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Fandom Snowflake Challenge bannerDay 12

What makes you fannish? And by that we mean, what is it about a tv show/movie/book/band/podcast/etc that takes you from, "Yeah, I like that," to "I need MOAR!!!" Is it a character? A plotline? The pretty? Subtext that’s just screaming to be acknowledged?

In your own space, tell us what it is that gets you to cross that line into fandom. Leave a comment in this post saying you did it. Include a link to your post if you feel comfortable doing so.

When it comes to things I want to pursue in a fannish way, good characterization and an engaging plot are definitely driving factors. (Including pretty doesn't hurt, no not at all.) Despite that, it's kind of hard to pin down exactly what attracts me. There are some things that feel like they should and just don't. Being attracted to a tv show/movie/book/band/podcast/etc. is like being attracted to a person: you either are or you aren't and while you have guidelines for what attracts you, there's more too it than that.
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Fandom Snowflake Challenge bannerDay 11

In your own space, make a list of at least 3 things that you like about yourself. Leave a comment in this post saying you did it. Include a link to your post if you feel comfortable doing so.

I had a chuckle when I saw this because I saw a career counselor this morning and we went over what I think I'm good at. So this is like a continuation of my day, and a little easier because I'm already in the mindset.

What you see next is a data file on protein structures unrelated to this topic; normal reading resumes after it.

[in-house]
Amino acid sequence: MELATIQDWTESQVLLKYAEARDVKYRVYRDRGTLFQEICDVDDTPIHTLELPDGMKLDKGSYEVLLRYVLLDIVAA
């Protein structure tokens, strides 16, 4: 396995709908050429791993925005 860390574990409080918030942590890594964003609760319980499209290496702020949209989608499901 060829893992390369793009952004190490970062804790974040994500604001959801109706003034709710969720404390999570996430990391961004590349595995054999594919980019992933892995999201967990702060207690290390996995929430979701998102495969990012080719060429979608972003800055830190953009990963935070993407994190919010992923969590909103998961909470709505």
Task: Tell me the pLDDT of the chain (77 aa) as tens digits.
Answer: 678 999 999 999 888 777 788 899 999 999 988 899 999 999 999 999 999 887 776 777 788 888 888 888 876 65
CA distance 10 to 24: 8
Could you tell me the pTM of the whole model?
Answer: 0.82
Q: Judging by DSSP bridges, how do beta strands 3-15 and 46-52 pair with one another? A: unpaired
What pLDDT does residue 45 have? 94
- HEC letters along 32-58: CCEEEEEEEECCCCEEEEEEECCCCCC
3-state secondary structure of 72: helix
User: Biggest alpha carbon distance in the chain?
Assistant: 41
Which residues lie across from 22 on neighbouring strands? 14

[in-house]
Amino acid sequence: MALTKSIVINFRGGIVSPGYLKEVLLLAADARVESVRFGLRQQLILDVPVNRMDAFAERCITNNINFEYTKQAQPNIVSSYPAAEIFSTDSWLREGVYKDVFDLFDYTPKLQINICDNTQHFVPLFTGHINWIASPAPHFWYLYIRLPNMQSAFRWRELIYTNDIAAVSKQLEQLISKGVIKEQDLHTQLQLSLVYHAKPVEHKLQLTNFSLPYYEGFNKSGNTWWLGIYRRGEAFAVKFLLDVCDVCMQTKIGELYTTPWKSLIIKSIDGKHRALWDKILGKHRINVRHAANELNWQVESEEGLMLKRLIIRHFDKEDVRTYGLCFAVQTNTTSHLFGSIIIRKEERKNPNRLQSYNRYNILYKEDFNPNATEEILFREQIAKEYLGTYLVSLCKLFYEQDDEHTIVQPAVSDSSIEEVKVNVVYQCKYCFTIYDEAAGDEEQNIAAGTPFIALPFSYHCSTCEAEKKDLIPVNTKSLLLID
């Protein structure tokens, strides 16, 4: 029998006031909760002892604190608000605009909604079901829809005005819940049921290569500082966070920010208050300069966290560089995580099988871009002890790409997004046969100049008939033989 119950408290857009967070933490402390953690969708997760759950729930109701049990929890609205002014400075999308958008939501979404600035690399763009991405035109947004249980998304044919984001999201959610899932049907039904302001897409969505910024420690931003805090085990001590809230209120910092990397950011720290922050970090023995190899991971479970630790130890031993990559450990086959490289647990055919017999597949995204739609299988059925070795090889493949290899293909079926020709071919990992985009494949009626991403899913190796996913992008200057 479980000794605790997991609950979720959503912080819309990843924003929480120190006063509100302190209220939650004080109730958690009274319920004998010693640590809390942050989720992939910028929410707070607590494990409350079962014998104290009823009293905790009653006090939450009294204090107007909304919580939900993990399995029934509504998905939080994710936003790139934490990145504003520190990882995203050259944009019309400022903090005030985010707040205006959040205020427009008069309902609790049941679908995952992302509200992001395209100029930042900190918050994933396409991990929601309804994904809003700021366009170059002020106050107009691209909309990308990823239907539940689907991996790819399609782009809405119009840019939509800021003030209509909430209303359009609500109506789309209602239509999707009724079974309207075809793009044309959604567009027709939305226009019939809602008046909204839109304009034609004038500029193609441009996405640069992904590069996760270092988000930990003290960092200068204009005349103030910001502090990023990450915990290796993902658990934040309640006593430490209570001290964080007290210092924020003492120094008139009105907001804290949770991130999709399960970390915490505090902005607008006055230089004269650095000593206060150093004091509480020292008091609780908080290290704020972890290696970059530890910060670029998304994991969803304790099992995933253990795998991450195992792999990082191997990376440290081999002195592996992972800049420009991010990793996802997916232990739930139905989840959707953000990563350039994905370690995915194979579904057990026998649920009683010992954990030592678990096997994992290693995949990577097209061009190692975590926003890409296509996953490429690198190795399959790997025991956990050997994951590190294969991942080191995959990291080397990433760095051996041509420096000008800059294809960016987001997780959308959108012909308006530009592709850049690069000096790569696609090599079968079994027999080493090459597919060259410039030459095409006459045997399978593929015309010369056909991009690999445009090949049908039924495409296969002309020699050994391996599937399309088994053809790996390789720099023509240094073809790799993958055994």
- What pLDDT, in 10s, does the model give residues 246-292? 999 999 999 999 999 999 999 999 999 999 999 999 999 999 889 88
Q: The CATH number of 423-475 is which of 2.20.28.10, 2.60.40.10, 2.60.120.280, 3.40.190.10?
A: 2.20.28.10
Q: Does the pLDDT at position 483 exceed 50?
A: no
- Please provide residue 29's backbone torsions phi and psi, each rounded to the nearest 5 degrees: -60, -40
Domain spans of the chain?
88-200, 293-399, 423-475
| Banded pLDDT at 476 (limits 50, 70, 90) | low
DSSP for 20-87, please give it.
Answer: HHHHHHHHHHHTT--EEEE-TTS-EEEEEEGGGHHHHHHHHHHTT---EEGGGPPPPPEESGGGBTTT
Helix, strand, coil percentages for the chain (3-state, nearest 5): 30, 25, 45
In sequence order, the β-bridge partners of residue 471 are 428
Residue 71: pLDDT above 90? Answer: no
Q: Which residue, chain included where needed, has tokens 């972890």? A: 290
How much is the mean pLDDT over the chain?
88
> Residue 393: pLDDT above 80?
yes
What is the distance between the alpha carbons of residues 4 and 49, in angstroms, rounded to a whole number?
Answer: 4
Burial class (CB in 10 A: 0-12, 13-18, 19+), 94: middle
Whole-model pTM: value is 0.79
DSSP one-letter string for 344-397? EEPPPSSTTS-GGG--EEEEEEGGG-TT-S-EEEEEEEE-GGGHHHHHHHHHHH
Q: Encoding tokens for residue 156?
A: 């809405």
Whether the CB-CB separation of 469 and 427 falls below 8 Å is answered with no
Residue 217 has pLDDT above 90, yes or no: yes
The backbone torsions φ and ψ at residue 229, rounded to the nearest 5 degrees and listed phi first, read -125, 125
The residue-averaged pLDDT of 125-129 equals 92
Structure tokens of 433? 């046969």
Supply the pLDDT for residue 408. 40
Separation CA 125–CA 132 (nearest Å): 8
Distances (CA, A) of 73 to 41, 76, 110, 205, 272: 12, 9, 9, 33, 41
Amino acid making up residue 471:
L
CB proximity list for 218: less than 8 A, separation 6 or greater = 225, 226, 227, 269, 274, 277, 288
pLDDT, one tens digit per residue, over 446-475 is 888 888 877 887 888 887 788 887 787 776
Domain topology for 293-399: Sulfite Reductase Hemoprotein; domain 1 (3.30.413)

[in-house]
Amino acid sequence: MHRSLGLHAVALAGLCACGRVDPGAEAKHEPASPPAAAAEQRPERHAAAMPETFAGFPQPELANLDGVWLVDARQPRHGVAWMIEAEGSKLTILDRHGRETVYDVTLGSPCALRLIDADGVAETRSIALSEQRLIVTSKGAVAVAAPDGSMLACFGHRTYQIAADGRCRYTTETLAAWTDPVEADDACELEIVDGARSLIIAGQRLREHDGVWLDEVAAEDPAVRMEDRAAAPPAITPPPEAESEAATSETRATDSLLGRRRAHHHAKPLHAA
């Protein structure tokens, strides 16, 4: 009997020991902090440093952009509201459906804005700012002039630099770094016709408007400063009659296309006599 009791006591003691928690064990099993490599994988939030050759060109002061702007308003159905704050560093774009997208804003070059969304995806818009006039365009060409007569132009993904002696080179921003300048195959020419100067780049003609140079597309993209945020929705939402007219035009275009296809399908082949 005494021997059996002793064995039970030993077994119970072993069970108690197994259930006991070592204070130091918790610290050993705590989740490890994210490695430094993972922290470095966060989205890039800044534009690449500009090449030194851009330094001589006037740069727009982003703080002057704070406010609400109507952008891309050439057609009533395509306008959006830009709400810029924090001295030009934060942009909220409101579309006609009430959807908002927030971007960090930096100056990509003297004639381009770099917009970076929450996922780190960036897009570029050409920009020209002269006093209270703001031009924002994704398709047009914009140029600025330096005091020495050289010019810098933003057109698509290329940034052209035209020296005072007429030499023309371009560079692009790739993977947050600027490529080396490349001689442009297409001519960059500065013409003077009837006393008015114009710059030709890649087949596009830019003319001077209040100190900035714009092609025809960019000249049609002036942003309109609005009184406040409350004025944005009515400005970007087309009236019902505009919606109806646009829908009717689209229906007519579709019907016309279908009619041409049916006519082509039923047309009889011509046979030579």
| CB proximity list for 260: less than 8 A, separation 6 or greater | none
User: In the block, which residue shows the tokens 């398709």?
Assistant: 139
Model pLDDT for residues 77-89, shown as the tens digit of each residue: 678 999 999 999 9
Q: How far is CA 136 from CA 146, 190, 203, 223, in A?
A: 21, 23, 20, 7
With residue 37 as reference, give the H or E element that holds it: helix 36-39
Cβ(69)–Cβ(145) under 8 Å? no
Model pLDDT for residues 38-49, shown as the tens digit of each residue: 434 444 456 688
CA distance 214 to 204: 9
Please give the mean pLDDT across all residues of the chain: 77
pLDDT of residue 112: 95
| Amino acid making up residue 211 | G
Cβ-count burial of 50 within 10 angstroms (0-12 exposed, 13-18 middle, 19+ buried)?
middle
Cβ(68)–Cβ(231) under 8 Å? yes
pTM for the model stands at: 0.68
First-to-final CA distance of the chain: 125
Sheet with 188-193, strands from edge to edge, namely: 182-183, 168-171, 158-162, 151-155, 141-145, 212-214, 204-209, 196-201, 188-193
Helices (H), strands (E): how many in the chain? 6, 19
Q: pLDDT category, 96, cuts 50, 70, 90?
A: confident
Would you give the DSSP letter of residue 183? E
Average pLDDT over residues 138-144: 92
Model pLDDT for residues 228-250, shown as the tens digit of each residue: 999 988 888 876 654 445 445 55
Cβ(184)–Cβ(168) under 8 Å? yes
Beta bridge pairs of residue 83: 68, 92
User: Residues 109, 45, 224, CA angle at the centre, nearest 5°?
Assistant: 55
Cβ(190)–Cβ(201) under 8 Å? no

Alright, things I like about me:

  • I'm creative, even if I haven't exercisesd it as much recently as I would have liked - hence the goal set in Day 9.

  • I'm quite good at coming up with fixes for problems and improvements to processes very quickly. I've solved problems for employers they didn't know they had, and saved them hundreds of work hours with small changes, You're losing out, employers who don't call me back!

  • My hair.

  • Being able to cook.

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Fandom Snowflake Challenge bannerDay 10

In your own space, post a rec for fannish and/or creative resources and spaces. Tell us where you go to dig up canon facts for your fandom, or where you get all the juicy details about your favorite ship. Where do you like to hang out and squee like a squeeing thing? Leave a comment in this post saying you did it. Include a link to your post if you feel comfortable doing so.